SAN ANTONIO – With less than a month before the May 1 election, a KSAT analysis of campaign finance records shows that the incumbents running for reelection, including the mayor and San Antonio’s City Council members, have more funds at their disposal than their challengers.
With several crowded races on the ballot — more than 80 candidates are running for 11 seats — and hundreds of thousands of dollars in contributions and expenditures, some of the races might be too close to call on election night and could be headed to overtime in the form of a runoff election.
The incumbents hope the cash advantage will help separate them from the pack enough to avoid a runoff, which requires one candidate to get more than 50% of the vote.
If no candidate clears a majority, then the top two vote-getting candidates in that race will move to a heads-up runoff election on June 5.
That’s the goal for the bevy of less-funded challengers: get past the first round of voting and into a one-on-one battle, where opponents may coalesce against an officeholder.
The data below shows which challengers may be in the best financial position to mount the most serious challenge.
San Antonio Mayor
In the mayoral race, Mayor Ron Nirenberg has a firm fundraising advantage over his challengers. Records show that Nirenberg has raised $317,620 and outspent opponents, racking up $197,224 in political expenditures.
Greg Brockhouse, the former council member who challenged Nirenberg in 2019 and narrowly lost in a runoff, stands out as another viable candidate, raising $100,755, according to his campaign finance report. He has spent $68,011.
Though Nirenberg’s war chest is relatively flush with cash, the race mayoral race features 14 candidates. Still, Nirenberg’s approval ratings and his poll numbers suggest he’s comfortably in the lead.
City council – District 1
In District 1, Councilman Roberto Trevino has raised $27,976 and spent $46,444 defending his seat.
Though Mario Bravo, a former county commissioner candidate, raised less money than Trevino with $22,089, he reported a total cash-on-hand balance of $34,099, meaning he has money to spend in the last month of the race. Bravo’s fundraising isn’t rivaled by any of the other challengers.
Trevino has so far outspent Bravo, but has less cash on-hand, reporting $20,331 in the bank, records showed.
City council – District 2
In District 2, councilwoman Jada Andrews-Sullivan raised the most money in the race, bringing in $21,125, the reports showed.
But two of her opponents are not far behind her. Jalen McKee Rodriguez, who has outspent all other candidates in the council race, has brought in $17,497. Kristin Villanueva ranked third in fundraising, reporting $16,575 in political contributions.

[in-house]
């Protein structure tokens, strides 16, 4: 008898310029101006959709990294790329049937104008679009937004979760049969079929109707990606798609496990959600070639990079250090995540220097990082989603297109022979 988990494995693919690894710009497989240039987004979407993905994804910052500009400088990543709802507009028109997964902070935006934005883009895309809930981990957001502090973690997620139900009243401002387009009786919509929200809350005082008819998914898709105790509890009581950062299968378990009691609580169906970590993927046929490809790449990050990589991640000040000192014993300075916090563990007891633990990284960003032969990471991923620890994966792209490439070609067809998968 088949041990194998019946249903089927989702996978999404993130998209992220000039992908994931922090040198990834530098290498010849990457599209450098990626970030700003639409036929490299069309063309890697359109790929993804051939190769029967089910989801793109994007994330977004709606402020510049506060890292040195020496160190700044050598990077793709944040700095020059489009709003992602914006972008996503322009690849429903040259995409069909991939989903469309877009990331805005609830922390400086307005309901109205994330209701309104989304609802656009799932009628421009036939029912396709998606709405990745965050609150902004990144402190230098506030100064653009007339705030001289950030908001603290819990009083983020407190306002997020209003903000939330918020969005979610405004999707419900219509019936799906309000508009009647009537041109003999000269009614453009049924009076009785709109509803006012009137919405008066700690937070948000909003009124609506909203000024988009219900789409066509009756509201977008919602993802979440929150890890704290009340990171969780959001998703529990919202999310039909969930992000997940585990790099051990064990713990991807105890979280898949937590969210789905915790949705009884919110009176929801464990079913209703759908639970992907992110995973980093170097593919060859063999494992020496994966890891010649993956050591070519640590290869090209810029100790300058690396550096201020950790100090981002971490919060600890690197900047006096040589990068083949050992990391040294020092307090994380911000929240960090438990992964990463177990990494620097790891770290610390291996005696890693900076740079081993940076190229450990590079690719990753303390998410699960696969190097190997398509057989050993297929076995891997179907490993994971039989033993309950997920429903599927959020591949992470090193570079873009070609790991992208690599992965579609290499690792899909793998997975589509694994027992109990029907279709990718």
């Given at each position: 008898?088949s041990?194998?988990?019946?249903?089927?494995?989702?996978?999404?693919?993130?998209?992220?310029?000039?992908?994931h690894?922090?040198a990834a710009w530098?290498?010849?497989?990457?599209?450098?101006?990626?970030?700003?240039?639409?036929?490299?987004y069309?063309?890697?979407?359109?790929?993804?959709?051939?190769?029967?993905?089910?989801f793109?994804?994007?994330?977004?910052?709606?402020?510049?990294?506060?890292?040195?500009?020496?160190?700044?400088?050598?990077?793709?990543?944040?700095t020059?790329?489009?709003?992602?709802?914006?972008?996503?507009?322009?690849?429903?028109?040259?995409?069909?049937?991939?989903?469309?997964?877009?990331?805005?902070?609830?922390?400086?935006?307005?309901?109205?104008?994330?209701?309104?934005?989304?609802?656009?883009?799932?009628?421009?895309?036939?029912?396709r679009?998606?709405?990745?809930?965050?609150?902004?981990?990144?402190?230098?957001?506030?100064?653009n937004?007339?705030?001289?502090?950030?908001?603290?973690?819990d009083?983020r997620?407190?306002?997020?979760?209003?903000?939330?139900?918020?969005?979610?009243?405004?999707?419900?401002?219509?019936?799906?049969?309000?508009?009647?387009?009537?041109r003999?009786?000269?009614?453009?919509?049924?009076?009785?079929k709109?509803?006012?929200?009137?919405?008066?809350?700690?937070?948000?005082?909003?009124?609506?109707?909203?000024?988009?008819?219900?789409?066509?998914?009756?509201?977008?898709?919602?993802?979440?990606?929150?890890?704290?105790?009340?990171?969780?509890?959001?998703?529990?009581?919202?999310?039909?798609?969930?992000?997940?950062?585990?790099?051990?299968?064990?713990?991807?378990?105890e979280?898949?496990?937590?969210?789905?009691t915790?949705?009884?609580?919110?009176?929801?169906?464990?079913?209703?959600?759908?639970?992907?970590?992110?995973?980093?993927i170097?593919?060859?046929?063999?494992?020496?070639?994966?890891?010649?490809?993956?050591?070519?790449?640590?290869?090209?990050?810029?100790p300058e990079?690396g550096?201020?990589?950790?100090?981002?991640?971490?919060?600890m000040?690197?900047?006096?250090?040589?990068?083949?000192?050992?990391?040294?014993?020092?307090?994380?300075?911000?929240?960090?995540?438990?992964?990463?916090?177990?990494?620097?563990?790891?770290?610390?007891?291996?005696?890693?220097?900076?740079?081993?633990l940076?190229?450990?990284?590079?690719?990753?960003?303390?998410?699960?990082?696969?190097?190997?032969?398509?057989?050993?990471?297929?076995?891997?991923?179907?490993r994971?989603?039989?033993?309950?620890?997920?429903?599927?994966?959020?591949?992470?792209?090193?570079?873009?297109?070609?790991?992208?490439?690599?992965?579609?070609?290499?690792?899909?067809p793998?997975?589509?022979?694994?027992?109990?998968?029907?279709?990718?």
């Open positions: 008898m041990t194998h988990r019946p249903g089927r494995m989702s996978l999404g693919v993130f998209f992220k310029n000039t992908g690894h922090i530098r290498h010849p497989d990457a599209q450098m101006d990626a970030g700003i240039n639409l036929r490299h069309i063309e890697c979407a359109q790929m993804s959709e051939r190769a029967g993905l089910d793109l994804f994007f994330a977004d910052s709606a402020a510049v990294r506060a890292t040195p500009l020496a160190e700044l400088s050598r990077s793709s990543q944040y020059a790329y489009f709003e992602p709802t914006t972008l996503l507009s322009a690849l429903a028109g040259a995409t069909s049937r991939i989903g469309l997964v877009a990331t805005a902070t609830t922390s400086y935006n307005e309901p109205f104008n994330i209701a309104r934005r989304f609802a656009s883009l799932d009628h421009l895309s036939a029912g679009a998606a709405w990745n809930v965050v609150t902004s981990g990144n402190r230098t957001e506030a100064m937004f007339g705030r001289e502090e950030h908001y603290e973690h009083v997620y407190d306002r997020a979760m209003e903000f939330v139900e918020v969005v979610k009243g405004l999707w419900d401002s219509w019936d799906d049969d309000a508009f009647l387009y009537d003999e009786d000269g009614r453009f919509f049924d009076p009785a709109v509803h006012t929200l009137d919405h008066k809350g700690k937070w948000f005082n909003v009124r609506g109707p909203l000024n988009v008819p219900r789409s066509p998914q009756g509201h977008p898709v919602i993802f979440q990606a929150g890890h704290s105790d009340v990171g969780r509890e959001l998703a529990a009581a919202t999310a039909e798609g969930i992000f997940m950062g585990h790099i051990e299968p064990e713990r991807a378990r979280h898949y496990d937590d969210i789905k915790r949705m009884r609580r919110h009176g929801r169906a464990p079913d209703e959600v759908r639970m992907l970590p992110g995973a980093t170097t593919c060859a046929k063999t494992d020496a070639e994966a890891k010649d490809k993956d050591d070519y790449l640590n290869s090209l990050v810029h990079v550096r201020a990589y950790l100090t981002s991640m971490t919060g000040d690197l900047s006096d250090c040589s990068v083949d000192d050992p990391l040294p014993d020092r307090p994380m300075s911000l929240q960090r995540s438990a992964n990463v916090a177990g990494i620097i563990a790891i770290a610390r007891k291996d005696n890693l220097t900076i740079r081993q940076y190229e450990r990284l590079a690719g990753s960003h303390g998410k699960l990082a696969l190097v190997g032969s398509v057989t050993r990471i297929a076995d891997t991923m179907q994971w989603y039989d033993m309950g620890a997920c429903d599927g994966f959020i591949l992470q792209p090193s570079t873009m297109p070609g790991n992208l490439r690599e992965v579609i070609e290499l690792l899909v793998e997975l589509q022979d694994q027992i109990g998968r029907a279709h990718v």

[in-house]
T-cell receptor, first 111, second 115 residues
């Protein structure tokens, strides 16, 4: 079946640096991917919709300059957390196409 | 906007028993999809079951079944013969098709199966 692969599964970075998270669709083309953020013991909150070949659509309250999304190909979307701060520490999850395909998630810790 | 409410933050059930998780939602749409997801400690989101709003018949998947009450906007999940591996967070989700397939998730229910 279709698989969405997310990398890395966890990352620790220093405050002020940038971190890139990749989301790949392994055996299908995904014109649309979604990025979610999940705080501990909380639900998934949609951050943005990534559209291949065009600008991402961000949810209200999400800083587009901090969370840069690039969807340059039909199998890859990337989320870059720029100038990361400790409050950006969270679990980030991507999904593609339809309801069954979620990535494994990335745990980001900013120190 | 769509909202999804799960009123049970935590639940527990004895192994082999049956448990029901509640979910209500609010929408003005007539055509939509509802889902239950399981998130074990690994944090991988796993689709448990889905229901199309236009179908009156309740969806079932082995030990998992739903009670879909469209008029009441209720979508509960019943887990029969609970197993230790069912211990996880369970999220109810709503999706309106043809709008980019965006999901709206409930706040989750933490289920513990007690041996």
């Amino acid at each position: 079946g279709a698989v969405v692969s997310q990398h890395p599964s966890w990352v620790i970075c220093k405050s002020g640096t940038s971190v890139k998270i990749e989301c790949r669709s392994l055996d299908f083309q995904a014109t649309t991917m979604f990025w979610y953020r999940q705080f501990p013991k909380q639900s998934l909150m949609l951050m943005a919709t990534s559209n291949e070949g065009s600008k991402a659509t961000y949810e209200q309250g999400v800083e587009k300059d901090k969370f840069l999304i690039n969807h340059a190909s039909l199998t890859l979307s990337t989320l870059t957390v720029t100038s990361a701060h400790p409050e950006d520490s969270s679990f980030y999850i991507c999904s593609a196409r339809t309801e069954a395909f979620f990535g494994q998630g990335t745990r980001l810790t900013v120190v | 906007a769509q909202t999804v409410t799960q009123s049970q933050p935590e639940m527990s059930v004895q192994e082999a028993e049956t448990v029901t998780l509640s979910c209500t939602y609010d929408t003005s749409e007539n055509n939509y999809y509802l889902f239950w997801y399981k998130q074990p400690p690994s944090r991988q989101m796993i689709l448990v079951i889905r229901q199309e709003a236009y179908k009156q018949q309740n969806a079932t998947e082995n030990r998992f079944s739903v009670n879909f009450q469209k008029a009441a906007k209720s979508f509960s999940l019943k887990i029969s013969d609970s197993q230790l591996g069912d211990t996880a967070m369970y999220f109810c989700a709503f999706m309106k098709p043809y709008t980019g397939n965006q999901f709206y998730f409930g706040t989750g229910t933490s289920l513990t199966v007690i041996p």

The competitive district may end up in another runoff, as it did in 2019.
City council – District 3
After serving for four full terms, councilwoman Rebecca Viagran cannot seek another run in this office per city law, meaning that District 3 will have a new representative in May.
Her younger sister, Phyllis Viagran, hopes to continue the family’s legacy by running for the seat. She led the way in fundraising, bringing in $15,655, according to her finance report.
Architect Mario Martinez had a good fundraising quarter as well, reporting $11,810. Another familiar name on the ballot includes Tomas Uresti, who previously served as the state representative for District 118.
City council – District 4
In District 4, councilwoman Adriana Rocha Garcia holds a firm fundraising advantage over her opponents. She reported raising $7,655.
The only other candidate who submitted a report in the race included David Tristan, who has raised $725 in the race.
City council – District 5
District 5 is another open seat up for grabs after Shirley Gonzales finishes her final term in office. The crowded race includes 11 candidates.
Norberto Geremy Landin, who is the vice president of operations for STAAMP Allergy, has brought in $15,479. Terri Castillo, a housing organizer, trailed closely behind with $13,979 raised.
City council – District 6
Councilwoman Melissa Cabello Havrda has the edge in race for District 6.
According to campaign finance records, she has raised $10,063 and spent more than $8,300 in the race.
Irina Rudolph, a business owner, trailed behind, raising $4,251.
City council – District 7
Councilwoman Ana Sandoval posted impressive fundraising figures, reporting a total of $26,758 raised in the race.
She’s also outspent her opponents significantly, the figures showed, putting down $27,818 in the race so far.
City council – District 8
Councilman Manny Pelaez is hoping to represent District 8 again with fundraising figures far larger than his opponents.
So far, he has raised $30,500 in political contributions, according to his report.
The only other candidate who brought in thousands is Roberto Rodriguez, who reported raising $5,000 in political contributions.
City council – District 9
In District 9, Councilman John Courage has kept his opponents at arms length, raising $33,212, according to his finance report.
But his opponents have spent more money than him so far in the race.
Erika Moe, who raised $23,495, has spent $38,982. Patrick Van Dohlen has also spent $32,425. In comparison, Courage has only spent $31,548.
City council – District 10
Councilman Clayton Perry kept his war chest full, reporting $40,550 in political contributions.
Though he is comfortably ahead in political contributions, Ezra Johnson has also had a good showing, bringing in $19,605 in political contributions.